Natural England - Hedgerow regulations

Hedgerow regulations

“Important” hedgerows (as defined in the Regulations) are protected from removal (up-rooting or otherwise destroying) by the Hedgerows Regulations 1997. Various criteria specified in the Regulations are used to identify “important” hedgerows for wildlife, landscape or historical reasons.

Legal and regulation issues

Under the Hedgerows Regulations 1997  it is against the law to remove or destroy certain hedgerows without permission from the local planning authority. The local planning authority are also the enforcement body for offences created by the Regulations.

Local planning authority permission is normally required before removing hedges that are at least 20 metres (66 feet) in length, more than 30 years old and contain certain plant species. The authority will assess the importance of the hedgerow using criteria set out in the regulations.

Defra is the policy body for the Hedgerow Regulations in England.  Natural England has no formal role with regard to the Hedgerow Regulations.

A summary of the Hedgerow Regulations is contained in the Defra leaflet 'Hedgerow Regulations: Your Question Answered'. More detailed guidance is contained in 'The Hedgerows Regulations 1997: A Guide to the Law and Good Practice'. You can request a copy of these, free of charge, by emailing

If you are receiving the funding under the Single Payment Schemeexternal link, you need to keep hedgerows in Good Agricultural and Environmental Condition (GAEC).external link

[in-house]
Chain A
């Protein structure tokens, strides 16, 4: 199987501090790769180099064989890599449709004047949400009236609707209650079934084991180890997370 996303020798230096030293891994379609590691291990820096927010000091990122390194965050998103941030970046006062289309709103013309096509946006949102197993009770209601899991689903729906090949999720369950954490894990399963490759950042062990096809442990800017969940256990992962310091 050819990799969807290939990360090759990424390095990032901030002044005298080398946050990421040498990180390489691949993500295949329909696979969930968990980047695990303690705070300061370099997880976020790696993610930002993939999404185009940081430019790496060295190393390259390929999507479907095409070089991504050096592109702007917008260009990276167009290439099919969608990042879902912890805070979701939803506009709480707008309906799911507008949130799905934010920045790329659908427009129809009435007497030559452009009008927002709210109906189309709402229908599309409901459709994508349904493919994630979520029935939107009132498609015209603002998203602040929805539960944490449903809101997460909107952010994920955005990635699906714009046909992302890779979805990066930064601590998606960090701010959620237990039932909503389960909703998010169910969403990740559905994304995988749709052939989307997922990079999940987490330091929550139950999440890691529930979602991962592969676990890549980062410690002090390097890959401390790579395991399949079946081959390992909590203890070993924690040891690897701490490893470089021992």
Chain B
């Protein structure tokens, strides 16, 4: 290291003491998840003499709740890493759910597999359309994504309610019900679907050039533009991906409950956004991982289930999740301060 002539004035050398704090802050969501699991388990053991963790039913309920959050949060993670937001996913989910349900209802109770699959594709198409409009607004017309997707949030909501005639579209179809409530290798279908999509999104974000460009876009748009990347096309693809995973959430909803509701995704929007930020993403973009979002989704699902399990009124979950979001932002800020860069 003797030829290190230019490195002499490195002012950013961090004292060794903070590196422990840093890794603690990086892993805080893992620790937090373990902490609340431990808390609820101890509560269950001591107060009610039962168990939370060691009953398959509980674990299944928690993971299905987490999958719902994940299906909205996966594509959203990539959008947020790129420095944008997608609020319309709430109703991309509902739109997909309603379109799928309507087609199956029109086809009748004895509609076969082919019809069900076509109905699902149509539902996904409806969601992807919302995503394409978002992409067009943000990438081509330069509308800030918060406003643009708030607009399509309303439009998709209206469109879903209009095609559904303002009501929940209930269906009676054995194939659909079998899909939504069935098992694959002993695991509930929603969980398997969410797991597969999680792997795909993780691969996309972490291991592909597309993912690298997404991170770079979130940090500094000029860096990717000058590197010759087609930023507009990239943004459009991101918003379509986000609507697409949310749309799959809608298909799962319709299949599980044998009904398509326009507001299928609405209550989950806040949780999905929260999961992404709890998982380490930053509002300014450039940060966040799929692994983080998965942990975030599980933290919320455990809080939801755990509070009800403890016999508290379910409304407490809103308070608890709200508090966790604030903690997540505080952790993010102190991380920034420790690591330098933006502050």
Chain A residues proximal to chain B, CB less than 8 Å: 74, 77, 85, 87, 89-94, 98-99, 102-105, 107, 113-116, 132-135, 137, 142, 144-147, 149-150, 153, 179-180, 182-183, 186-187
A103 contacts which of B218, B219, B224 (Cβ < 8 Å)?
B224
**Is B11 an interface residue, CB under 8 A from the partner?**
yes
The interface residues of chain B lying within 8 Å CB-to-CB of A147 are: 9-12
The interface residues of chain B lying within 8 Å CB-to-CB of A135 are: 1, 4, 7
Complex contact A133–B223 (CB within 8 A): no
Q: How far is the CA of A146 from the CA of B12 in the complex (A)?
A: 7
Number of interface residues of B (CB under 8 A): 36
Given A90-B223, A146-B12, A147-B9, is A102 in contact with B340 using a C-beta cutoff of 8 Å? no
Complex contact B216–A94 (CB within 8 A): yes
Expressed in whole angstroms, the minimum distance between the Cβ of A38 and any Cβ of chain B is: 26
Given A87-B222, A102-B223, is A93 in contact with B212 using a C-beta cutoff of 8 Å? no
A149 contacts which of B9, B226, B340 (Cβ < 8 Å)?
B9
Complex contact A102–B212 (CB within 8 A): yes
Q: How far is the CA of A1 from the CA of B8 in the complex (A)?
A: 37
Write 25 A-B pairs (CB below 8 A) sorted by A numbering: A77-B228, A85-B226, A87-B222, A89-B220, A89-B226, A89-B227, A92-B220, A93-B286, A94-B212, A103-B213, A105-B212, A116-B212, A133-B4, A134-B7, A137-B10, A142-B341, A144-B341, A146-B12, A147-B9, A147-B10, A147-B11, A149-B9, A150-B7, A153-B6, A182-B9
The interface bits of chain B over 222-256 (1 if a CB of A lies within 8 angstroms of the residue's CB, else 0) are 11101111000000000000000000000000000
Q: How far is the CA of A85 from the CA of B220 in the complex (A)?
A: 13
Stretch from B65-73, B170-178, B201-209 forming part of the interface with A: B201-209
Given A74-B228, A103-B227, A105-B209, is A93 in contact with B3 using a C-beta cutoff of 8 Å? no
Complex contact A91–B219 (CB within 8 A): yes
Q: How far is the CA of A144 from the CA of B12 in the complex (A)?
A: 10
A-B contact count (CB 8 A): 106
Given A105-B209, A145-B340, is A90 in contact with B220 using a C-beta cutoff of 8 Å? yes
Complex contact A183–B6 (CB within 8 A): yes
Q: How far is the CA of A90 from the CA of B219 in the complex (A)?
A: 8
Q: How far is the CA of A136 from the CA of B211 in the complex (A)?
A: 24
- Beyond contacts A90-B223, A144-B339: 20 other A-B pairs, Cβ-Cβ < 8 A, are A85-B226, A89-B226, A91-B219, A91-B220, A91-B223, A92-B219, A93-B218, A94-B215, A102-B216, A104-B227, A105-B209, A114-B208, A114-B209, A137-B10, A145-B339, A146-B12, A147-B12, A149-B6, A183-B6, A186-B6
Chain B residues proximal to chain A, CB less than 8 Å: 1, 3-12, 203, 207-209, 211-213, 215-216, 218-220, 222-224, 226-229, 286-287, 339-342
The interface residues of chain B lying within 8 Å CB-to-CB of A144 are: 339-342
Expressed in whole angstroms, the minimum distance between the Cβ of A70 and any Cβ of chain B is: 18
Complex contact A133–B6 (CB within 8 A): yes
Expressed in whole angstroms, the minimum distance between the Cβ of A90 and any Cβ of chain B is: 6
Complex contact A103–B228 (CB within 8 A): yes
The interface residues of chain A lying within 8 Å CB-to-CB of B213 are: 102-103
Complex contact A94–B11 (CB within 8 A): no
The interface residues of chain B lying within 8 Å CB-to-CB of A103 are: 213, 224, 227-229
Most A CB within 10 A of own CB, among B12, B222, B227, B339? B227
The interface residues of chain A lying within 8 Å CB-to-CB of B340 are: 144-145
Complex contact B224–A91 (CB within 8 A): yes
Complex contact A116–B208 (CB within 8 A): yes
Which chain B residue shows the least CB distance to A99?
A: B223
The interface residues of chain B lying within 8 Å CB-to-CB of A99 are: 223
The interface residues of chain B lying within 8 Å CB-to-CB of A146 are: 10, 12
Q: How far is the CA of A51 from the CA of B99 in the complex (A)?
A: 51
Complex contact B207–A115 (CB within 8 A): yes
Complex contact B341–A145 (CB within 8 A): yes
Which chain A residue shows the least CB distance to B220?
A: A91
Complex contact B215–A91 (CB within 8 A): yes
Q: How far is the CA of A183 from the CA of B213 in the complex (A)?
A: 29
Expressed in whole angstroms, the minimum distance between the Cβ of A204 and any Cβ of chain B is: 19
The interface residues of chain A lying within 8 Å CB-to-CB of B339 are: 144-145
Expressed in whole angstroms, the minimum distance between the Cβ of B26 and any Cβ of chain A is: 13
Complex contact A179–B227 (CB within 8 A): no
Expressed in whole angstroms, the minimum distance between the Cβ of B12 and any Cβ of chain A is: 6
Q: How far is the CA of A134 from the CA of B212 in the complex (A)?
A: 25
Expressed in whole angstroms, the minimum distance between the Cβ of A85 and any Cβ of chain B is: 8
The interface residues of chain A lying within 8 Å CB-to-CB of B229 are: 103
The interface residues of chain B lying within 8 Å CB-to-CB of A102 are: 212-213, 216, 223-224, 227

Particular attention should be paid to GAEC 14 and GAEC 15 in the Cross Compliance Handbook for England  (RPA)external link.

More information on Hedges and the law: (183kb)pdf document produced by Natural England. 

Good practice for hedgerow management

The wildlife and landscape value of hedgerows can be maintained and enhanced by good management.

  • You should avoid trimming hedgerows between 1 March and 31 July (as required by the guidelines) – the main nesting season for birds.  Exemptions apply if the hedgerow overhangs a public highway or public footpath, or if it obstructs the view of drivers.
  • It is best to leave trimming until the end of winter, but where it is impossible to get on the field at this time, trimming can be brought forward to early winter.
  • Ground cover at the hedge base should be retained over winter for ground-nesting birds.
  • It should also be noted that over-management – or trimming a hedge too severely – can have a detrimental effect on conservation. In general, taller, bushier hedgerows provide more wildlife potential than smaller, thinner hedges.
  • If conditions are such that you need to trim hedges when berries are still present, only the hedge sides should be trimmed, as this will leave some fruit.
  • You should pay particular attention to the need to avoid spray and fertiliser drift into hedges, hedge verges and hedge bottoms.
  • Livestock should be fenced away from hedgerows, and a strip of uncultivated or ungrazed land maintained between the hedge and the adjacent crop.


  • Hedgelink leafletexternal link incorporating the following documents:
  • Hedge cutting: answers to 18 common questions
  • Hedgerow trees: answers to 18 common questions
  • Hedgerow planting: answers to 18 common questions


Hedgelinkexternal link is the partnership that brings everyone interested in hedgerows together, to share knowledge and ideas, to encourage and inspire, and to work with farmers and other land managers to conserve and enhance our hedgerow heritage.


CPRE launch new report  - England's hedgerows: don't cut them out! Making the case for better hedgerow protectionexternal link